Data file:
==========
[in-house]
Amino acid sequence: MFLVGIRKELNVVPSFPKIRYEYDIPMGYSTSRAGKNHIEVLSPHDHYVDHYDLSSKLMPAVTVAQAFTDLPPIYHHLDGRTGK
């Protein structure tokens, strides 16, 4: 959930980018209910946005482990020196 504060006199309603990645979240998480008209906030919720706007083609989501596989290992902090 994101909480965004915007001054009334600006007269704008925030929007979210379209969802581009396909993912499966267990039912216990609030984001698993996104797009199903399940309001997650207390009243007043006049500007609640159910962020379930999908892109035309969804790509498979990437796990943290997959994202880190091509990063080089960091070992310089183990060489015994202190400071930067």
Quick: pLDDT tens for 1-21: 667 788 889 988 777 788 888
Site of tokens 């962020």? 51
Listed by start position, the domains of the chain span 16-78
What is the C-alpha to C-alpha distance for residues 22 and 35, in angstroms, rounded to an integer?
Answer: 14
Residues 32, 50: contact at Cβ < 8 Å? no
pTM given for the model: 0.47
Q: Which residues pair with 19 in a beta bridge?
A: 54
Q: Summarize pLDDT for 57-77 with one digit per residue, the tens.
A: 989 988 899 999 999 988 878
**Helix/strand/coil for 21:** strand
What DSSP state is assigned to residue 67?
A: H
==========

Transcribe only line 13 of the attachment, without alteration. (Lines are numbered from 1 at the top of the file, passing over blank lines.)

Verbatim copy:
Q: Summarize pLDDT for 57-77 with one digit per residue, the tens.